This topic provides information about Eustachian tube dysfunction (ETD). You can either check out the slide share below or keep reading to learn more.
What is Eustachian tube dysfunction (ETD)?
Your Eustachian tube is a small, approximately 18-36 mm length tube, that runs from the air-filled middle ear cavity to the back of the nose and throat, called the nasopharynx. There are 3 muscles connected to the eustachian tube that help open and close the tube.
The Eustachian tube opens and closes to equalize pressure between the middle ear and nasopharynx, protects the middle ear from nasophayngeal secretions and loud sounds, as well as drain mucous secretions from the middle ear space.
The Eustachian tube repeatedly opens during swallowing and yawning to allow ventilation of the middle ear.
At rest, the Eustachian tube is closed so that loud noises are dampened before reaching the middle ear.
This repeated opening and closing of the Eustachian tube allows for draining of the normal secretions of the middle ear.
If the Eustachian tube is not functioning properly, pressure builds up in the middle ear space and the mucous secretions are unable to drain from the middle ear. Prolonged Eustachian tube dysfunction will likely lead to a middle ear infection, or otitis media.
What causes Eustachian tube dysfunction?
Eustachian tube dysfunction has 2 common causes:
- The most common cause of Eustachian tube dysfunction is an upper respiratory infection.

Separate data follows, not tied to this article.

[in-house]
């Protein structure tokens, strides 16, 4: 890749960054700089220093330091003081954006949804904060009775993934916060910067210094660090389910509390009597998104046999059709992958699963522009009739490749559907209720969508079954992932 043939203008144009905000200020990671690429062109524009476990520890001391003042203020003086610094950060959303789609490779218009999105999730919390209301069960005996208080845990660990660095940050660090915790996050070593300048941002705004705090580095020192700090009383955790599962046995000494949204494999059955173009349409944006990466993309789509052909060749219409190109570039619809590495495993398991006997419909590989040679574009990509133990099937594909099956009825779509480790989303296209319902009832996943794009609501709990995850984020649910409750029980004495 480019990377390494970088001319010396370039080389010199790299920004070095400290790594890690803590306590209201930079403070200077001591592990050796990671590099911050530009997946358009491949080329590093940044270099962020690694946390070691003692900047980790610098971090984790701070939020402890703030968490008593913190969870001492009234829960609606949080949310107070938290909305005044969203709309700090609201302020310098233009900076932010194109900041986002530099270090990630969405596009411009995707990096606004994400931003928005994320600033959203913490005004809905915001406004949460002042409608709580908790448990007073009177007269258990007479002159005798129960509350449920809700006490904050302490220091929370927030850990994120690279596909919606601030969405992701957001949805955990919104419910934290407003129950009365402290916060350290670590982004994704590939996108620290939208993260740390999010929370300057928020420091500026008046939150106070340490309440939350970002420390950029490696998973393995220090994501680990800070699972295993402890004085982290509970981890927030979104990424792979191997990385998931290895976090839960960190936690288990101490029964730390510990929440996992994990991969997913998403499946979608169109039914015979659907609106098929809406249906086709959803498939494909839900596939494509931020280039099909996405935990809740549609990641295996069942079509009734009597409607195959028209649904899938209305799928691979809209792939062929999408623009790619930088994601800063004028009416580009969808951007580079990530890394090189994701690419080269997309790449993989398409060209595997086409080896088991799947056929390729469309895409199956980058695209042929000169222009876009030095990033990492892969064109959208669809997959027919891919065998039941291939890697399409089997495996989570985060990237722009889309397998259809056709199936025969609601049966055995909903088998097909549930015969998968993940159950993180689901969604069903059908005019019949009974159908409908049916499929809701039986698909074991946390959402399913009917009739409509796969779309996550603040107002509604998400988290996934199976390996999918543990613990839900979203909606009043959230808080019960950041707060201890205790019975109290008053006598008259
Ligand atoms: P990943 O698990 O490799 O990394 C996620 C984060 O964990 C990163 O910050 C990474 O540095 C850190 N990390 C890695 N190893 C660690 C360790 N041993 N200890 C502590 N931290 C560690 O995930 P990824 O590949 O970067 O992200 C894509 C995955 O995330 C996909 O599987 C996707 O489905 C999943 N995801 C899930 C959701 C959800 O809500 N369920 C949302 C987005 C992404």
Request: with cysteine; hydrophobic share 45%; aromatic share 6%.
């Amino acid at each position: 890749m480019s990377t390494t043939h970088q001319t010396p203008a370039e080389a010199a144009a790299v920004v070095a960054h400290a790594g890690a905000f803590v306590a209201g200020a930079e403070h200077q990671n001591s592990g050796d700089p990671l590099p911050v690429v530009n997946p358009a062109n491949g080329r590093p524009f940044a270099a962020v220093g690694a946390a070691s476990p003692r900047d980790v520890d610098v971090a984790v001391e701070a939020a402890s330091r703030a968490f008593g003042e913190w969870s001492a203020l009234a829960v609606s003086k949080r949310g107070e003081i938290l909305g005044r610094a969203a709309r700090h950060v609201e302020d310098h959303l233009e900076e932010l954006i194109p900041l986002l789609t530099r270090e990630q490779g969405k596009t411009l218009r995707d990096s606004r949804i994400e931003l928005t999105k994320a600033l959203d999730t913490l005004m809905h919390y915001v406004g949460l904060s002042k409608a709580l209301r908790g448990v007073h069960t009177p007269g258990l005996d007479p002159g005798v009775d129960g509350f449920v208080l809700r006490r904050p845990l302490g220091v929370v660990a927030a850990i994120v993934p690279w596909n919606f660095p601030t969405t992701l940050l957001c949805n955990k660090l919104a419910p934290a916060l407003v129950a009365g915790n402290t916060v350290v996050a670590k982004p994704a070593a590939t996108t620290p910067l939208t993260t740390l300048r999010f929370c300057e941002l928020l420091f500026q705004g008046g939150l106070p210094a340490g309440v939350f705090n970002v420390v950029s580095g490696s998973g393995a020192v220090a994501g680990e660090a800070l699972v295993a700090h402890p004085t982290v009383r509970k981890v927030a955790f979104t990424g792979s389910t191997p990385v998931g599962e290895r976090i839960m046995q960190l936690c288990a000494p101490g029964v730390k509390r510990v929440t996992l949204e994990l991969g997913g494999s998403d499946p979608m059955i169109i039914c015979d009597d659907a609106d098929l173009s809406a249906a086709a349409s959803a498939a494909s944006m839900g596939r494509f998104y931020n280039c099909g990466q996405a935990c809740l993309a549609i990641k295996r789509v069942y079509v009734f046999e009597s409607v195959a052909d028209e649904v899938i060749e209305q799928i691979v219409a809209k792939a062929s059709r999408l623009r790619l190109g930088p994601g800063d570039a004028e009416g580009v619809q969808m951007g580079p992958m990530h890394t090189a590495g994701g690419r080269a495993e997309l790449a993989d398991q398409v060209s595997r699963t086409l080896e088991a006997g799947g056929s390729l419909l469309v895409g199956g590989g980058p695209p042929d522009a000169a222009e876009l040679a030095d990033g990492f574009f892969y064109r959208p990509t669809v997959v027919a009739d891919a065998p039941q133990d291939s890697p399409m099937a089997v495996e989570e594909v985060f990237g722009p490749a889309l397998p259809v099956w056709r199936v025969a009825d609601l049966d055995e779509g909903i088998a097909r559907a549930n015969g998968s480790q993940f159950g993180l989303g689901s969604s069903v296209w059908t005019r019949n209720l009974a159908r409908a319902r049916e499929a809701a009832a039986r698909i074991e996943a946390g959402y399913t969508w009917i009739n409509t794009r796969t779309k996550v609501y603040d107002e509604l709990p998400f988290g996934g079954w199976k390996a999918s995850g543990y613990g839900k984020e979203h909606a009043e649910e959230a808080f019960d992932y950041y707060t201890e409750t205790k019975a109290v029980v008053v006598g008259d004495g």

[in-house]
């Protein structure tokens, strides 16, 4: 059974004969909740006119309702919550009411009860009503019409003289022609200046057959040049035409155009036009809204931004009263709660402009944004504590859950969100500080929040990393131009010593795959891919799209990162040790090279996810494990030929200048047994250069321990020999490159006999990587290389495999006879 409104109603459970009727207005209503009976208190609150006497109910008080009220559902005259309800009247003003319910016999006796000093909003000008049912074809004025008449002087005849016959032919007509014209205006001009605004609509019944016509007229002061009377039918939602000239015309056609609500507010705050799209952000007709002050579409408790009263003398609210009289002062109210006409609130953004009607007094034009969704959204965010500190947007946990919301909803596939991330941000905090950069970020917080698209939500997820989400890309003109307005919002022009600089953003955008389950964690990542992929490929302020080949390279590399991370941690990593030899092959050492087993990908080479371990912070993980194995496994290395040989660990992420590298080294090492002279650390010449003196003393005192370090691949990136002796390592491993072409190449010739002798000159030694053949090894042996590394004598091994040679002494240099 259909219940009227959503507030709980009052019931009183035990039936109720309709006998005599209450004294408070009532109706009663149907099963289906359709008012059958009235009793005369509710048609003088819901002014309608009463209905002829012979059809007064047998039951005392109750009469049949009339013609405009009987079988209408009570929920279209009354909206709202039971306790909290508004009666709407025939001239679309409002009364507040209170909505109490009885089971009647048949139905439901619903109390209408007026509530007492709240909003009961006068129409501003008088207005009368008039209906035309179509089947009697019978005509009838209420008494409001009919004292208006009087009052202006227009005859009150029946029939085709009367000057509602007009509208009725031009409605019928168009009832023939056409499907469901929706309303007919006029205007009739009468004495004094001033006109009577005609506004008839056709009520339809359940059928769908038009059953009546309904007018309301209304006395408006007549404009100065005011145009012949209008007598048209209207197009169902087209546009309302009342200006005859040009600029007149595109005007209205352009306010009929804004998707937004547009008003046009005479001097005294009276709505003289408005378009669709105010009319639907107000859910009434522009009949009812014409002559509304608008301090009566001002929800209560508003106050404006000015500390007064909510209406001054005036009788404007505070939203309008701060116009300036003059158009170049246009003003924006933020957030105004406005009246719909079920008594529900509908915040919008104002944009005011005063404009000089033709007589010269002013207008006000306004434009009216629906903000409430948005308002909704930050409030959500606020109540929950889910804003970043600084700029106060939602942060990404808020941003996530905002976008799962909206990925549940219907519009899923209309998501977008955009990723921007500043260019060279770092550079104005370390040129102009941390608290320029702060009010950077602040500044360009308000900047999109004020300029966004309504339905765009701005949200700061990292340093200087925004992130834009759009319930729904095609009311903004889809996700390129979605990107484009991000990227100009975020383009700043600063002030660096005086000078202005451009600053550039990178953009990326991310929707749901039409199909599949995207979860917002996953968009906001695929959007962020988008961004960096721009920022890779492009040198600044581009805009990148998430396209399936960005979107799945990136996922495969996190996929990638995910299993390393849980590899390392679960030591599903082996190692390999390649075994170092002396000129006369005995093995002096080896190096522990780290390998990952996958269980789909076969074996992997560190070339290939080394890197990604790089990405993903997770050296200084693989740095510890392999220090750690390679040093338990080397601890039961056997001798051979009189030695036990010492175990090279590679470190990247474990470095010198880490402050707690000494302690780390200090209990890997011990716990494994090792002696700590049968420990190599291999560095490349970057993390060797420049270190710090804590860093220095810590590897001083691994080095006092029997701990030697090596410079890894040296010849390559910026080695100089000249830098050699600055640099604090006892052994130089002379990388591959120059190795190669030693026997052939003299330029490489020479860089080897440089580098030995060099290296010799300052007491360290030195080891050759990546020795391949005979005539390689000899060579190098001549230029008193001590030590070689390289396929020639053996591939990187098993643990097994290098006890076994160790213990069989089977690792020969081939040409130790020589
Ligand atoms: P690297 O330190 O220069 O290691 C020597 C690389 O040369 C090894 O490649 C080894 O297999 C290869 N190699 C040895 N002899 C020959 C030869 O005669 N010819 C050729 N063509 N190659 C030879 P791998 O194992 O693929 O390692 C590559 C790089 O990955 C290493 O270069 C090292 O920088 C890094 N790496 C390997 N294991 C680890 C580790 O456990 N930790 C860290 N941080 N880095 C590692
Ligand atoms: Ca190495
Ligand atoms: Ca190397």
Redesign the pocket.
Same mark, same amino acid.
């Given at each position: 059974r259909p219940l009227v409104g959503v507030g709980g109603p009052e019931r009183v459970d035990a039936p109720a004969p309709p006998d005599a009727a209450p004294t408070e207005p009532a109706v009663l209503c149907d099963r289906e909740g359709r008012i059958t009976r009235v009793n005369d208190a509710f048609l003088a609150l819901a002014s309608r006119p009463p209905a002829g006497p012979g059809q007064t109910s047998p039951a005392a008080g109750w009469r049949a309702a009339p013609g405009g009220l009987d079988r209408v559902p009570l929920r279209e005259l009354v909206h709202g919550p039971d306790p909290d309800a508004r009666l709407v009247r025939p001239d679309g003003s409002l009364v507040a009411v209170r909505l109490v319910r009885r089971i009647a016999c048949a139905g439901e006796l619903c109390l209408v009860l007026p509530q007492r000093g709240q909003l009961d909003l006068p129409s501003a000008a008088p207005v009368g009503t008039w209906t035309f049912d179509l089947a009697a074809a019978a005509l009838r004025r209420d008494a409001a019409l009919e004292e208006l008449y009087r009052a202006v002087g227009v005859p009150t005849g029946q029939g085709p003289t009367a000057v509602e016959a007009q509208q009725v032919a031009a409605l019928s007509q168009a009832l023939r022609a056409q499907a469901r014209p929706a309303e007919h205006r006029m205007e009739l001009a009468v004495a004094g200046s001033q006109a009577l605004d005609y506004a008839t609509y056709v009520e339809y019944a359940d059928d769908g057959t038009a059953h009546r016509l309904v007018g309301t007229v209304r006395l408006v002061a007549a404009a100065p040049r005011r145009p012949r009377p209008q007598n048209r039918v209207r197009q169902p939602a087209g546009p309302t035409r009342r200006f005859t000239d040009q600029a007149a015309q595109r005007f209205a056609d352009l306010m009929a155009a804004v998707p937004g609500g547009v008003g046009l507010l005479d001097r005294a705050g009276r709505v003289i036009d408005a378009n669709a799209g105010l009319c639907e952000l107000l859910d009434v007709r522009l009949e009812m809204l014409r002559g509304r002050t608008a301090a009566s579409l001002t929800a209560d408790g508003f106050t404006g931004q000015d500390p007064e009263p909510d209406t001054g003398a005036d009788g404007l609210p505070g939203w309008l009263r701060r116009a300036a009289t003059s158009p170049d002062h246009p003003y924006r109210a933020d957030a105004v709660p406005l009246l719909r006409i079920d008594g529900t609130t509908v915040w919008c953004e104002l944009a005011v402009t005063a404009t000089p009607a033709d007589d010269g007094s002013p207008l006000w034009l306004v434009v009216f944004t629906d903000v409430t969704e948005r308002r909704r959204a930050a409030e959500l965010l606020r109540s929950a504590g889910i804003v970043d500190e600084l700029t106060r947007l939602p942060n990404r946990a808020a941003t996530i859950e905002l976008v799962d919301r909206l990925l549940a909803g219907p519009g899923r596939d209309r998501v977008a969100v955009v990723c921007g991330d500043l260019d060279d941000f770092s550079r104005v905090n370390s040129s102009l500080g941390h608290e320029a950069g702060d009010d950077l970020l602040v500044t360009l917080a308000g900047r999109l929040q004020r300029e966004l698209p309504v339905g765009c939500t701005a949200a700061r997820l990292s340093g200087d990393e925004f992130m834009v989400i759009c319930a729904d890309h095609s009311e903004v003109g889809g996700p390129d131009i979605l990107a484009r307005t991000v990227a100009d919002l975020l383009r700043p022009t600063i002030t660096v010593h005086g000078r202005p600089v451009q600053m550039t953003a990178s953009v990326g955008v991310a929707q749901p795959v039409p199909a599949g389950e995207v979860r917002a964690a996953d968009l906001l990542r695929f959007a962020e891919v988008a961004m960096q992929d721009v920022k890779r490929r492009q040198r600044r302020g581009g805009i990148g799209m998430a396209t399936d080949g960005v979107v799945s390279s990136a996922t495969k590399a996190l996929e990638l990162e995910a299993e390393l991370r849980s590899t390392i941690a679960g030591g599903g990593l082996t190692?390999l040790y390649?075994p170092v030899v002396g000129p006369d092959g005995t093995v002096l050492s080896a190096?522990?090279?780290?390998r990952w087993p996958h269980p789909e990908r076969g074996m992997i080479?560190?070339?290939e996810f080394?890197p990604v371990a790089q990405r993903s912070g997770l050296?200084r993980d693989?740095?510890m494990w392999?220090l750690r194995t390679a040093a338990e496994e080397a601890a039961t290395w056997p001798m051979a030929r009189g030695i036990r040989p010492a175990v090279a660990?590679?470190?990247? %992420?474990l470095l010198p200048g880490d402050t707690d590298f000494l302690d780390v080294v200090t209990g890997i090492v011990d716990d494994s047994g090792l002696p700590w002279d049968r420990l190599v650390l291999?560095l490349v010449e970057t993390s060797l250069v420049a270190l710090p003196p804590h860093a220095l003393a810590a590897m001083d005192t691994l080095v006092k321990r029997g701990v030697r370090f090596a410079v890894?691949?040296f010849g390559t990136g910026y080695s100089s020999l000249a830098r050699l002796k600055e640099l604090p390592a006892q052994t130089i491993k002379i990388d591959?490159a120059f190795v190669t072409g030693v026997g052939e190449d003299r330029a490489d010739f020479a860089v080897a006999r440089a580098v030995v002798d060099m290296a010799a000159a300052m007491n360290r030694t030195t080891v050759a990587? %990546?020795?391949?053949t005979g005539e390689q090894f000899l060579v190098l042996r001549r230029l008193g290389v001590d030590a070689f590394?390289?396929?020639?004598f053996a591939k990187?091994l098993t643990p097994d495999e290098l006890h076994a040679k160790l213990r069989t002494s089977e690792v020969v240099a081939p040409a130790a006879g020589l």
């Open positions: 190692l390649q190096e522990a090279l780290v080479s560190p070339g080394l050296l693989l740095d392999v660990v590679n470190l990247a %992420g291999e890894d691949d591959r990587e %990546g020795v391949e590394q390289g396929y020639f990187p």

- Allergies and/or a sinus infection can cause swelling of the tissue lining the Eustachian tube and cause dysfunction.
You have a greater chance of getting Eustachian tube dysfunction if you are an infant or child with frequent upper respiratory infections.
The tube in infants and children is much smaller and lies more horizontal, which can lead to a greater likelihood of Eustachian tube dysfunction than with adults.
With altitude changes, such as when on an airplane or scuba diving, the pressure change pushes on the eardrum. For a person with Eustachian tube dysfunction, the pressure on the eardrum can not be regulated.
In rare cases, a mass or tumor in the nasopharynx space can cause Eustachian tube dysfunction.
What are the symptoms?
Symptoms of Eustachian tube dysfunction can include:
- Pressure or fullness of the ear
- “clicking” or “popping” noise in the ear
- Temporary hearing loss
- Pain in the ear (otalagia)
How is Eustachian tube dysfunction diagnosed?
Function of the Eustachian tube can be assessed using three common tests:
A “puff” of air is delivered into the ear. If movement of the eardrum can be visualized then the Eustachian tube function is likely normal.
Measures middle ear pressure with a pressure change delivered to the ear canal.
A mirrored scope is inserted down the nose to rule out a mass in the nasopharyngeal space.
Other tests for Eustachian tube dysfunction may include: imaging, Eustachian tube catheterization, Valsalva and Toynbee tests.
How is it treated?
The Valsalva manuever can be used to try to resolve a blocked Eustachian tube. This is done by pinching the nose, closing the mouth and blowing. If dizziness occurs during or immediately after performing the Valsalva manuever, see a physician.
If you have an upper repiratory infection, sinus infection, or allergies, treating these ailments will likely resolve Eustachian tube dysfunction. This is usually done with the use of antihistamines, decongestants, or prescription nasal sprays.
In cases where Eustachian tube dysfunction is chronis, a pressure equalization tube (PE Tube) can be surgically inserted into the eardrum to equalize middle ear pressure.
Does Eustachian tube dysfunction cause lasting problems?
Unresolved Eustachian tube dysfunction can lead to chronic otitis media.